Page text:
Objects are created via reserved word new, but how are they destroyed? Without some way to destroy objects, they will eventually fill up the heap's available space and the application will not be able to continue.
Java solves this problem by using a garbage collector, code that runs in the background and checks for unreferenced objects. When it discovers an unreferenced object, the garbage collector removes it from the heap, making more heap space available.
An unreferenced object is an object that cannot be accessed from anywhere within an application. For example, new Employee("John", "Doe"); is an unreferenced object because the Employee reference returned by new is thrown away.
In contrast, a referenced object is an object where the application stores at least one reference. For example, Employee emp = new Employee("John", "Doe"); is a referenced object because variable emp contains a reference to the Employee object.
A referenced object becomes unreferenced when the application removes its last stored reference. For example, if emp is a local variable that contains the only reference to an Employee object, this object becomes unreferenced when emp's method terminates.
An application can remove a stored reference by assigning null to its reference variable. For example, emp = null; removes the reference to the Employee object that was previously stored in emp.
Java's garbage collector eliminates a form of memory leakage in C++ implementations that do not rely on a garbage collector. In these implementations, the developer must destroy dynamically created objects before they go out of scope. If they vanish before destruction, they remain in the heap. Eventually, the heap fills and the application halts.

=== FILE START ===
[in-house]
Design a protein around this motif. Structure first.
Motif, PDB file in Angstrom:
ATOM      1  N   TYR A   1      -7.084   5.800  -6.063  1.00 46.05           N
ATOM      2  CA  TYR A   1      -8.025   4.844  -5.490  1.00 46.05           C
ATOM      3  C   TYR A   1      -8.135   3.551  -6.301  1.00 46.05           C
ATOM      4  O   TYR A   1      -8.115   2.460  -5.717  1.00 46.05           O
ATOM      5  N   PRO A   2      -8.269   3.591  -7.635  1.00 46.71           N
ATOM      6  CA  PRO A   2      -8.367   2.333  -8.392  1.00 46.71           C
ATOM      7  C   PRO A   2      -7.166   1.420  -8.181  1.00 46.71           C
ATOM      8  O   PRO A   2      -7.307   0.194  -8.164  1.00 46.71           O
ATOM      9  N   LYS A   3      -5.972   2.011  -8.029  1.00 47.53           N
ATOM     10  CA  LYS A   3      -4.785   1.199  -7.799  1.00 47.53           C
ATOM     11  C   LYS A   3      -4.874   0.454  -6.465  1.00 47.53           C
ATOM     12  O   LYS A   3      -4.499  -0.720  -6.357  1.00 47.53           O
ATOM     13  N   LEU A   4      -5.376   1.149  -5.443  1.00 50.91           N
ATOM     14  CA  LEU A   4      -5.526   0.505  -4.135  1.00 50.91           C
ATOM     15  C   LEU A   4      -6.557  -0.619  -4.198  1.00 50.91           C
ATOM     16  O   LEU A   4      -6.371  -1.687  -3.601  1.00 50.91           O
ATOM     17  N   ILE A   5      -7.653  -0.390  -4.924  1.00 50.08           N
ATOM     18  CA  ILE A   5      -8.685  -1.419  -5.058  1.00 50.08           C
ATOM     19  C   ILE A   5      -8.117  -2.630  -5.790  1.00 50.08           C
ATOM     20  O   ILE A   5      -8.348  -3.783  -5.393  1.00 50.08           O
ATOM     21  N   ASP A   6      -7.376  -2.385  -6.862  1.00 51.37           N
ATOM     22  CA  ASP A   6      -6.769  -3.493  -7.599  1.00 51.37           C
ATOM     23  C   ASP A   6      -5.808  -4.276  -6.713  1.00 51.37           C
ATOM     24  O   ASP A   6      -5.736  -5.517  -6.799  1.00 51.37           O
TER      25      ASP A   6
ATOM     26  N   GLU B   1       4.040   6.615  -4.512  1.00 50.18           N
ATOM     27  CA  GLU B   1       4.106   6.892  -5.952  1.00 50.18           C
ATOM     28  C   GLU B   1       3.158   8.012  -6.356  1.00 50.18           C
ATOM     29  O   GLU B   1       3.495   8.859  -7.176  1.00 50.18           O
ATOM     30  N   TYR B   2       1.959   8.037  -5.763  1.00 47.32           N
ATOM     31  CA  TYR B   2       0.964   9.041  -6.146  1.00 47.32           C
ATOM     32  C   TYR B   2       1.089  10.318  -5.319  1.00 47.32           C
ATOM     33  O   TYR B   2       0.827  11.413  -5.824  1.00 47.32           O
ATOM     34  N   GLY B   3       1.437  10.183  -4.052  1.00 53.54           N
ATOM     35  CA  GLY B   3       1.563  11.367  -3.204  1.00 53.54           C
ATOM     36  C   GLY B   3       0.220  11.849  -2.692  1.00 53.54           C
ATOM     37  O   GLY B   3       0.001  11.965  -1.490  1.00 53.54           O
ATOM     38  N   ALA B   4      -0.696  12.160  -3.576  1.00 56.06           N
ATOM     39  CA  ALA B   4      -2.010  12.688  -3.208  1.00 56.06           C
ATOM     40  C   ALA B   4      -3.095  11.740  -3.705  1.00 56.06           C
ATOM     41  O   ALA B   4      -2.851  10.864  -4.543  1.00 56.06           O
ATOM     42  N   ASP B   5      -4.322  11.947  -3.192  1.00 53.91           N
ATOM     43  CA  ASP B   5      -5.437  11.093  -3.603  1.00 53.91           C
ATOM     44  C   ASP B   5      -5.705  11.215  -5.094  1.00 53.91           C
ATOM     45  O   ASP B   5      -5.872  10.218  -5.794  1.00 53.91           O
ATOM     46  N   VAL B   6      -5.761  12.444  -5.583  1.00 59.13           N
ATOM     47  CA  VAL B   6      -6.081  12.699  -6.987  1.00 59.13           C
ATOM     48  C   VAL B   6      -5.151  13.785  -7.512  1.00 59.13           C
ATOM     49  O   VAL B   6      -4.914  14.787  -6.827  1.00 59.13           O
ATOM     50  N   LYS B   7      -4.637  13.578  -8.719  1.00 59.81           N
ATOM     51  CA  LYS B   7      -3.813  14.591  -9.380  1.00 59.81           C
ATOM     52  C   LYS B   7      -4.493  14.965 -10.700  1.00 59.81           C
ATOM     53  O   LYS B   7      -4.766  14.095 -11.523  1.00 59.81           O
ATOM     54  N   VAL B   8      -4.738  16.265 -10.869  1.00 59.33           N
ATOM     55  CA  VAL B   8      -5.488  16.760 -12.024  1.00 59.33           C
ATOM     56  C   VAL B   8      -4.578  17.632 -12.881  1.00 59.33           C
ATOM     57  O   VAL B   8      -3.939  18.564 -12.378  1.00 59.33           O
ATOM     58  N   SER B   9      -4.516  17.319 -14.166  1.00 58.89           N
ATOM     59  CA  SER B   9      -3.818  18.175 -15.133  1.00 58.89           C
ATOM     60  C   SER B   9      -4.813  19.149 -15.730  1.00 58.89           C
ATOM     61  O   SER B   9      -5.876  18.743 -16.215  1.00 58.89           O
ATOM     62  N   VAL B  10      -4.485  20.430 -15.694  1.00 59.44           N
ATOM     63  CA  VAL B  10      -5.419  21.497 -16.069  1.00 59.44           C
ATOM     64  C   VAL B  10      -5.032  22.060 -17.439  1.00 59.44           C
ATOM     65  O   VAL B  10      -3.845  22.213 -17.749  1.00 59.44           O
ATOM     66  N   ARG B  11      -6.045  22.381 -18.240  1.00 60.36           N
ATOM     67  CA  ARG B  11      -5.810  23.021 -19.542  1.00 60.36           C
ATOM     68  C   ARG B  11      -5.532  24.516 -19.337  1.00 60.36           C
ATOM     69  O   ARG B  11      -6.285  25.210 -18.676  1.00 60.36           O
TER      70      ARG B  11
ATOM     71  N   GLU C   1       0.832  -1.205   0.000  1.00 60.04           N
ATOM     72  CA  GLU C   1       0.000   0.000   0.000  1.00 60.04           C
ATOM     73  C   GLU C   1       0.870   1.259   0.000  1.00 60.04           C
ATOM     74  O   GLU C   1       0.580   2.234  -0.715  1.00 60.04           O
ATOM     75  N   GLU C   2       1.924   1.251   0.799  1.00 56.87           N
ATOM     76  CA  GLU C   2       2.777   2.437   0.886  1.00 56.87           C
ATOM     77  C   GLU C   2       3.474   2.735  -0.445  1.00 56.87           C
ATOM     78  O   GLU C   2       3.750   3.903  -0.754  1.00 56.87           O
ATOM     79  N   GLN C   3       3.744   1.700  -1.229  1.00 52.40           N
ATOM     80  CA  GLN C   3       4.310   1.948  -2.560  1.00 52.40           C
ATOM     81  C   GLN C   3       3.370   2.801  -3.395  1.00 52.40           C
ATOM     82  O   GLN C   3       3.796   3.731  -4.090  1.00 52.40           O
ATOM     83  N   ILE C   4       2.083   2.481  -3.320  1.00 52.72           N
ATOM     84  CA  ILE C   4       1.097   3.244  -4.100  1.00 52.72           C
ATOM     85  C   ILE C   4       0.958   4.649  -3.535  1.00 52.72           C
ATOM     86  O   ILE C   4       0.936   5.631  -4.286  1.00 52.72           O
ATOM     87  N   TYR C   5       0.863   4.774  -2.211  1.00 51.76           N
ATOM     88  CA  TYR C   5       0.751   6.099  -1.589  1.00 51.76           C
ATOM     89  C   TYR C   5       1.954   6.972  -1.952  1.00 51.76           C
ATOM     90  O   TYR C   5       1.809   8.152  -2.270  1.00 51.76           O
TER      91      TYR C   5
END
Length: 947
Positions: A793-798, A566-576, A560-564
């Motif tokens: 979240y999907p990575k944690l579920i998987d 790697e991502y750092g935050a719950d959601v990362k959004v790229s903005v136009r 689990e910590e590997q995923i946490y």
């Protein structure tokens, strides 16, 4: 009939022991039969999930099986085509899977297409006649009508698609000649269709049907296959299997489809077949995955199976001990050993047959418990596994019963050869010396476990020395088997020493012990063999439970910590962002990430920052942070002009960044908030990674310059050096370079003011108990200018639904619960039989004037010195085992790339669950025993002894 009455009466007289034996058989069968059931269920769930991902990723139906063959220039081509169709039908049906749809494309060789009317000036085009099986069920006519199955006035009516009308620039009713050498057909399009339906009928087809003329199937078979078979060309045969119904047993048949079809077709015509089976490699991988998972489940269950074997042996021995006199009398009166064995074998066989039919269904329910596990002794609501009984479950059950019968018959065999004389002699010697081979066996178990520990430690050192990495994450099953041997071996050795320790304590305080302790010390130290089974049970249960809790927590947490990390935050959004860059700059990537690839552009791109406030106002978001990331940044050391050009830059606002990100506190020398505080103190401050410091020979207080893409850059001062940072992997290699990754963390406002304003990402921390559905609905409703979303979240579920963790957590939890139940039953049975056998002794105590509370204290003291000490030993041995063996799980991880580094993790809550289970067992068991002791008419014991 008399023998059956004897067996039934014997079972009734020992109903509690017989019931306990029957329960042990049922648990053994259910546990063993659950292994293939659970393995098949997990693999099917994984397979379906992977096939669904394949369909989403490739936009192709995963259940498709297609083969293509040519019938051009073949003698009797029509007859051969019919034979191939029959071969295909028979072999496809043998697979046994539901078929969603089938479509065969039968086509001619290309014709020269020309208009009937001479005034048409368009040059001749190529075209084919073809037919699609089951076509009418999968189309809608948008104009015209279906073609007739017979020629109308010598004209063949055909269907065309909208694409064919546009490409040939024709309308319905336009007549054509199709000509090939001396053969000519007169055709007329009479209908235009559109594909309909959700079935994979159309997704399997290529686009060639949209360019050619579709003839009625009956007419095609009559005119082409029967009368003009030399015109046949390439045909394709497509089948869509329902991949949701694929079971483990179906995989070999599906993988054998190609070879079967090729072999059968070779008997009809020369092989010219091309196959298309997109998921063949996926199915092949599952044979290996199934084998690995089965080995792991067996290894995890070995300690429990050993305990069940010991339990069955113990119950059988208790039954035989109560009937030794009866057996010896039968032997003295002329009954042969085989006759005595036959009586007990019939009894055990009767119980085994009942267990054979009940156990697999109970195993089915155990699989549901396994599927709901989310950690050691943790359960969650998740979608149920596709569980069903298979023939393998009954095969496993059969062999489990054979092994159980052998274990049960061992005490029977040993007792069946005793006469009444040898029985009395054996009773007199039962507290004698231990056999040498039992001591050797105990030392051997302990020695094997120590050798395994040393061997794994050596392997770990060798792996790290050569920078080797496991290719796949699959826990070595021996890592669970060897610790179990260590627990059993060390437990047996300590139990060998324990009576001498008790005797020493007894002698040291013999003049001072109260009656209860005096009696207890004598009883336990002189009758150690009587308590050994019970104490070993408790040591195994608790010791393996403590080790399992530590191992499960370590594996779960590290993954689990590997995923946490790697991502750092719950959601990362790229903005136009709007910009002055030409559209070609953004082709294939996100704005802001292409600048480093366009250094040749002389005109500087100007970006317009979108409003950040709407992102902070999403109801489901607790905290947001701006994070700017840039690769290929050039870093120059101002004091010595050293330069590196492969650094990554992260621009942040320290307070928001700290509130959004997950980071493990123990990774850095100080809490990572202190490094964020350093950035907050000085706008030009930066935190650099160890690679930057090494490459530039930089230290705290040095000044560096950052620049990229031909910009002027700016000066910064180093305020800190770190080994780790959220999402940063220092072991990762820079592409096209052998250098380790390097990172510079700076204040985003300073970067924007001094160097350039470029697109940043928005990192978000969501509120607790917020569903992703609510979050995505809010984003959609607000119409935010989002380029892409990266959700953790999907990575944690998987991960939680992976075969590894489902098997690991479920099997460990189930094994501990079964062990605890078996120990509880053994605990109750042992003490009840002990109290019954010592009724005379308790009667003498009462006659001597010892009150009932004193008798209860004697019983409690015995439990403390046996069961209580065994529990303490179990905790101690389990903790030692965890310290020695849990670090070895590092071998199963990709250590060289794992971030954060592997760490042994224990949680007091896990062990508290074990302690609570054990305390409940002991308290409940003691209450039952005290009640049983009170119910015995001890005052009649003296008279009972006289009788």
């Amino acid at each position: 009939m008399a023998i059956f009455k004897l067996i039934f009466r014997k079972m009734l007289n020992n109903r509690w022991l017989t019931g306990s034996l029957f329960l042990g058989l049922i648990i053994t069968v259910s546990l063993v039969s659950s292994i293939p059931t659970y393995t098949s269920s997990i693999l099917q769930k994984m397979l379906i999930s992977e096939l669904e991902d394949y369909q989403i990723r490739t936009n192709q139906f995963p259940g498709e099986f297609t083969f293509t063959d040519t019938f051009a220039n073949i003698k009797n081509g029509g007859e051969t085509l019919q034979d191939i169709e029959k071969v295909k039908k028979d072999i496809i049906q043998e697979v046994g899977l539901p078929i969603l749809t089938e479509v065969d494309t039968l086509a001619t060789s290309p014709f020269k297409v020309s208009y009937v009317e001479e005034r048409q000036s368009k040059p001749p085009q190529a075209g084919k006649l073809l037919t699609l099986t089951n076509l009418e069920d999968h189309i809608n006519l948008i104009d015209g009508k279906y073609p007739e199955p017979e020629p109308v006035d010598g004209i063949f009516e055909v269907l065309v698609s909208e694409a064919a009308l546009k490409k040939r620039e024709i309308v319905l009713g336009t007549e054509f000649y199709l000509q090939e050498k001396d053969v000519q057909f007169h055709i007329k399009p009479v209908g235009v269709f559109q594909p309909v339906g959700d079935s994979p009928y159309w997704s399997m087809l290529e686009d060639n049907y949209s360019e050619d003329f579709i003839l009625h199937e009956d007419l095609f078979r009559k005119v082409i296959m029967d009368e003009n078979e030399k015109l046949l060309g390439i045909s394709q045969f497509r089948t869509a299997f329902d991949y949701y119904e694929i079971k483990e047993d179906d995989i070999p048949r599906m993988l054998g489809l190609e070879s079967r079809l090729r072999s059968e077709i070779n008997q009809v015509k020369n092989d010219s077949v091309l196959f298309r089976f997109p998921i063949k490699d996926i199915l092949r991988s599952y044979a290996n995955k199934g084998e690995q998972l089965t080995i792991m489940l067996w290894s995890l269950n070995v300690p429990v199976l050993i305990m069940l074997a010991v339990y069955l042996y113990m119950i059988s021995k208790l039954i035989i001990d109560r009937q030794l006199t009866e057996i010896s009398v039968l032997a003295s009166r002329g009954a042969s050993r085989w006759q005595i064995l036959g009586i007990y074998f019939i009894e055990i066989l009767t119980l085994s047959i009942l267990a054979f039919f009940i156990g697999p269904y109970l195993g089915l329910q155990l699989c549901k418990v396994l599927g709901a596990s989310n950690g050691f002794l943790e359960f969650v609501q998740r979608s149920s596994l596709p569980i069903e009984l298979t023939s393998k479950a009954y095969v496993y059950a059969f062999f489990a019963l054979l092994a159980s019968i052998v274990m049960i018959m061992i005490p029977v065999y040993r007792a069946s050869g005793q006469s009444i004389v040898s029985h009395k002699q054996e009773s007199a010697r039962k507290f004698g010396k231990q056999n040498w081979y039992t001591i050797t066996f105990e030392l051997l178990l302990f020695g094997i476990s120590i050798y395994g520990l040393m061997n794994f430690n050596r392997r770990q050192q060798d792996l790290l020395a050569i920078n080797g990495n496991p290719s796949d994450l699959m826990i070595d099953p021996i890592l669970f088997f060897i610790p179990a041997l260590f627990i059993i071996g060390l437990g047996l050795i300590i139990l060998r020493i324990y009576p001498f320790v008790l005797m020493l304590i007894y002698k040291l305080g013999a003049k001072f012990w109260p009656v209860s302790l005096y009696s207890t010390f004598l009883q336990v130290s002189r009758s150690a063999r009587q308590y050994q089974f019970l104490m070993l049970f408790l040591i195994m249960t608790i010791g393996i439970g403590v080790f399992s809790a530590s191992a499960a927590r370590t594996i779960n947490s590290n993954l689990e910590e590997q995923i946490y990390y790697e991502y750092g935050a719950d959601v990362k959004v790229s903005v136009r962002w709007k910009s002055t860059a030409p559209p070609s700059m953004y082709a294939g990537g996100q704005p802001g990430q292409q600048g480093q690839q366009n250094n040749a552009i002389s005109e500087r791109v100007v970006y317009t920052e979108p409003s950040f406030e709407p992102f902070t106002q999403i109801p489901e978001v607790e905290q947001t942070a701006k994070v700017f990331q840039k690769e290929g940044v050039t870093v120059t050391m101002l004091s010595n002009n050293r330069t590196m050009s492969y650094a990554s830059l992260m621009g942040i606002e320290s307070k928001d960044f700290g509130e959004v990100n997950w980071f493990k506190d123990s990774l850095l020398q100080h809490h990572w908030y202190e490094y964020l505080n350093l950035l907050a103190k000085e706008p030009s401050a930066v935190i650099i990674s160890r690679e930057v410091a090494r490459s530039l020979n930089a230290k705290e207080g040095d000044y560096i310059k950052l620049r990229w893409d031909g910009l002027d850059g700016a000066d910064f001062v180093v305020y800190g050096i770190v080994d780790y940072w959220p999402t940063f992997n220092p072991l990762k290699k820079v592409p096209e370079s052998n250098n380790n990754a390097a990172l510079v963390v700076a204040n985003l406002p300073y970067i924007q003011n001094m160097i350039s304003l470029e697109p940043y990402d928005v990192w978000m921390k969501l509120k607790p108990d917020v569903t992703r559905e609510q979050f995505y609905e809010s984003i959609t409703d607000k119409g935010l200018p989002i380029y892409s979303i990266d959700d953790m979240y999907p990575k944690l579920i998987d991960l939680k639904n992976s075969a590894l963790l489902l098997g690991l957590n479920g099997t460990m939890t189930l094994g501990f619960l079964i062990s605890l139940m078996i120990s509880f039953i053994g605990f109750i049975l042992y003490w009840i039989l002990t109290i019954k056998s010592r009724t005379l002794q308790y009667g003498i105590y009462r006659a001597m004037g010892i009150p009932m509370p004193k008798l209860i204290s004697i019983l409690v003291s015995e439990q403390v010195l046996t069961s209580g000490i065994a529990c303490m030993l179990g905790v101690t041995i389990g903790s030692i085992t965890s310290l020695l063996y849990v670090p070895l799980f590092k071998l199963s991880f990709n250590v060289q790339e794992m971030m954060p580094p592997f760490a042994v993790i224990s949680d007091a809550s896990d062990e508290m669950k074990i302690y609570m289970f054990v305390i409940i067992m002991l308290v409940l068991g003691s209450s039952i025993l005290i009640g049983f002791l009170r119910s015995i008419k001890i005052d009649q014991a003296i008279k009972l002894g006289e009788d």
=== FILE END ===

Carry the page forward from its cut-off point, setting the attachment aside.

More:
Although this form of memory leakage is not a problem in Java, a related form of leakage is problematic: continually creating objects and forgetting to remove even one reference to each object causes the heap to fill up and the application to eventually come to a halt.
This form of memory leakage is a major problem for applications that run for lengthy periods of time—a web server is one example. For shorter-lived applications, you will normally not notice this form of memory leakage. However, it is a good habit to assign null to reference variables when their referenced objects are no longer required.
The following exercises are designed to test your understanding of Java's language fundamentals:
1. What does a class declaration contain?
2. Is transient a reserved word? Is delegate a reserved word?
3. What is a variable?
4. Identify Java's only unsigned primitive type.
5. What is the difference between an instance field and a class field?
6. What is an array?
7. How do you declare a one-dimensional array variable? How do you declare a two-dimensional array variable?
8. Define scope.
9. Is string literal "The quick brown fox \jumps\ over the lazy dog." legal or illegal? Why?
10. What is the purpose of the cast operator?
11. Which operator is used to create an object?
12. Can you nest multiline comments?
13. True or false: When declaring a method that takes a variable number of arguments, you must specify the three consecutive periods just after the rightmost parameter's type name.
14. Given a two-dimensional array x, what does x.length return?
15. What is the difference between the while and do-while statements?
16. Initialize the sines and cosines array declarations using the new syntax.
17. Why is it okay for an expression assigned to an instance field to access a class field that is declared after the instance field? In contrast, it is not okay for the expression to access another instance field that is declared after the instance field.
18. What is required to create an array of objects?
19. How do you prevent a field from being shadowed?
20. How do you chain together instance method calls?
21. The factorial() method provides an example of tail recursion, a special case of recursion in which the method's last statement contains a recursive call, which is known as the tail call. Provide another example of tail recursion.
22. Merge the various CheckingAccount code fragments into a complete application.
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